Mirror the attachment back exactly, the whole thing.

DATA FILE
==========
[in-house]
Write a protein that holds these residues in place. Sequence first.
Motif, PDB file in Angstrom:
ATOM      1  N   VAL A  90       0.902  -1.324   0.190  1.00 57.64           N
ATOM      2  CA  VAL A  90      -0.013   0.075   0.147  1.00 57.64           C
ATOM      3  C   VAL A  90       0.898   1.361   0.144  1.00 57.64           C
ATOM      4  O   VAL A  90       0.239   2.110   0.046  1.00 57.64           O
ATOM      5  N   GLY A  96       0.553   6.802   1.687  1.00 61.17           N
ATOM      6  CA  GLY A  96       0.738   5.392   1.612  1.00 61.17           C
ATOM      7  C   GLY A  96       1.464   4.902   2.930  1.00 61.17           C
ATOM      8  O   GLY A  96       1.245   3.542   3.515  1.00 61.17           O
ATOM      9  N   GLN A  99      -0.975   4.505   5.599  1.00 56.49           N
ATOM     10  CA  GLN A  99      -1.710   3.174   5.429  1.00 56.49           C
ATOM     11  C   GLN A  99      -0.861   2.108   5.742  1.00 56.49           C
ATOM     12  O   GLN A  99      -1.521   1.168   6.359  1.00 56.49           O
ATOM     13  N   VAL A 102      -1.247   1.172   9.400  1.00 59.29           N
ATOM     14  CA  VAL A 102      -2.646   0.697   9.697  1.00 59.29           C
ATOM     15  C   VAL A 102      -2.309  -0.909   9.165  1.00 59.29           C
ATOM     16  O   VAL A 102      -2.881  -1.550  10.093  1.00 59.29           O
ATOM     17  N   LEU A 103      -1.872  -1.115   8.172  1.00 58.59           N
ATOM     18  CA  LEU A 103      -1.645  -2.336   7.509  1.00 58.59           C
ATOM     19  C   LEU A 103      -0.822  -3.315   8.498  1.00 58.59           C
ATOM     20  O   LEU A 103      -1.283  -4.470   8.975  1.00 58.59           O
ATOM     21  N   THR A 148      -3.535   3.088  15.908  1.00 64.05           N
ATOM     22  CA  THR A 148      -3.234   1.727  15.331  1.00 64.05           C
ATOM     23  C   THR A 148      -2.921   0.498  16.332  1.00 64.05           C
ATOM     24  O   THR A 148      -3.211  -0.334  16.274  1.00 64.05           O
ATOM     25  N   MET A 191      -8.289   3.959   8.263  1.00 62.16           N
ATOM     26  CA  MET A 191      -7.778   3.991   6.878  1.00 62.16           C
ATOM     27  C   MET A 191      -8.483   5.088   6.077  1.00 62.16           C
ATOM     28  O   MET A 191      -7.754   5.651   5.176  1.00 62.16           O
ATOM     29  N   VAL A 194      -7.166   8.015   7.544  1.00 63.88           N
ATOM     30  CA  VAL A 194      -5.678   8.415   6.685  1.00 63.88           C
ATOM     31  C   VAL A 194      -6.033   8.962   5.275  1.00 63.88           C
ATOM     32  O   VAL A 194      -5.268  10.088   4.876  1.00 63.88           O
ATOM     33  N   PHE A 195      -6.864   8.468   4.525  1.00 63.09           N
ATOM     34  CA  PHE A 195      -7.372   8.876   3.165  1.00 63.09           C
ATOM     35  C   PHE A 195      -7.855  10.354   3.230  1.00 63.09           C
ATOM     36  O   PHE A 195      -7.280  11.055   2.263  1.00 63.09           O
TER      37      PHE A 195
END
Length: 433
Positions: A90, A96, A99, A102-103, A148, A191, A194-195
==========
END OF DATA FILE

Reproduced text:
[in-house]
Write a protein that holds these residues in place. Sequence first.
Motif, PDB file in Angstrom:
ATOM      1  N   VAL A  90       0.902  -1.324   0.190  1.00 57.64           N
ATOM      2  CA  VAL A  90      -0.013   0.075   0.147  1.00 57.64           C
ATOM      3  C   VAL A  90       0.898   1.361   0.144  1.00 57.64           C
ATOM      4  O   VAL A  90       0.239   2.110   0.046  1.00 57.64           O
ATOM      5  N   GLY A  96       0.553   6.802   1.687  1.00 61.17           N
ATOM      6  CA  GLY A  96       0.738   5.392   1.612  1.00 61.17           C
ATOM      7  C   GLY A  96       1.464   4.902   2.930  1.00 61.17           C
ATOM      8  O   GLY A  96       1.245   3.542   3.515  1.00 61.17           O
ATOM      9  N   GLN A  99      -0.975   4.505   5.599  1.00 56.49           N
ATOM     10  CA  GLN A  99      -1.710   3.174   5.429  1.00 56.49           C
ATOM     11  C   GLN A  99      -0.861   2.108   5.742  1.00 56.49           C
ATOM     12  O   GLN A  99      -1.521   1.168   6.359  1.00 56.49           O
ATOM     13  N   VAL A 102      -1.247   1.172   9.400  1.00 59.29           N
ATOM     14  CA  VAL A 102      -2.646   0.697   9.697  1.00 59.29           C
ATOM     15  C   VAL A 102      -2.309  -0.909   9.165  1.00 59.29           C
ATOM     16  O   VAL A 102      -2.881  -1.550  10.093  1.00 59.29           O
ATOM     17  N   LEU A 103      -1.872  -1.115   8.172  1.00 58.59           N
ATOM     18  CA  LEU A 103      -1.645  -2.336   7.509  1.00 58.59           C
ATOM     19  C   LEU A 103      -0.822  -3.315   8.498  1.00 58.59           C
ATOM     20  O   LEU A 103      -1.283  -4.470   8.975  1.00 58.59           O
ATOM     21  N   THR A 148      -3.535   3.088  15.908  1.00 64.05           N
ATOM     22  CA  THR A 148      -3.234   1.727  15.331  1.00 64.05           C
ATOM     23  C   THR A 148      -2.921   0.498  16.332  1.00 64.05           C
ATOM     24  O   THR A 148      -3.211  -0.334  16.274  1.00 64.05           O
ATOM     25  N   MET A 191      -8.289   3.959   8.263  1.00 62.16           N
ATOM     26  CA  MET A 191      -7.778   3.991   6.878  1.00 62.16           C
ATOM     27  C   MET A 191      -8.483   5.088   6.077  1.00 62.16           C
ATOM     28  O   MET A 191      -7.754   5.651   5.176  1.00 62.16           O
ATOM     29  N   VAL A 194      -7.166   8.015   7.544  1.00 63.88           N
ATOM     30  CA  VAL A 194      -5.678   8.415   6.685  1.00 63.88           C
ATOM     31  C   VAL A 194      -6.033   8.962   5.275  1.00 63.88           C
ATOM     32  O   VAL A 194      -5.268  10.088   4.876  1.00 63.88           O
ATOM     33  N   PHE A 195      -6.864   8.468   4.525  1.00 63.09           N
ATOM     34  CA  PHE A 195      -7.372   8.876   3.165  1.00 63.09           C
ATOM     35  C   PHE A 195      -7.855  10.354   3.230  1.00 63.09           C
ATOM     36  O   PHE A 195      -7.280  11.055   2.263  1.00 63.09           O
TER      37      PHE A 195
END
Length: 433
Positions: A90, A96, A99, A102-103, A148, A191, A194-195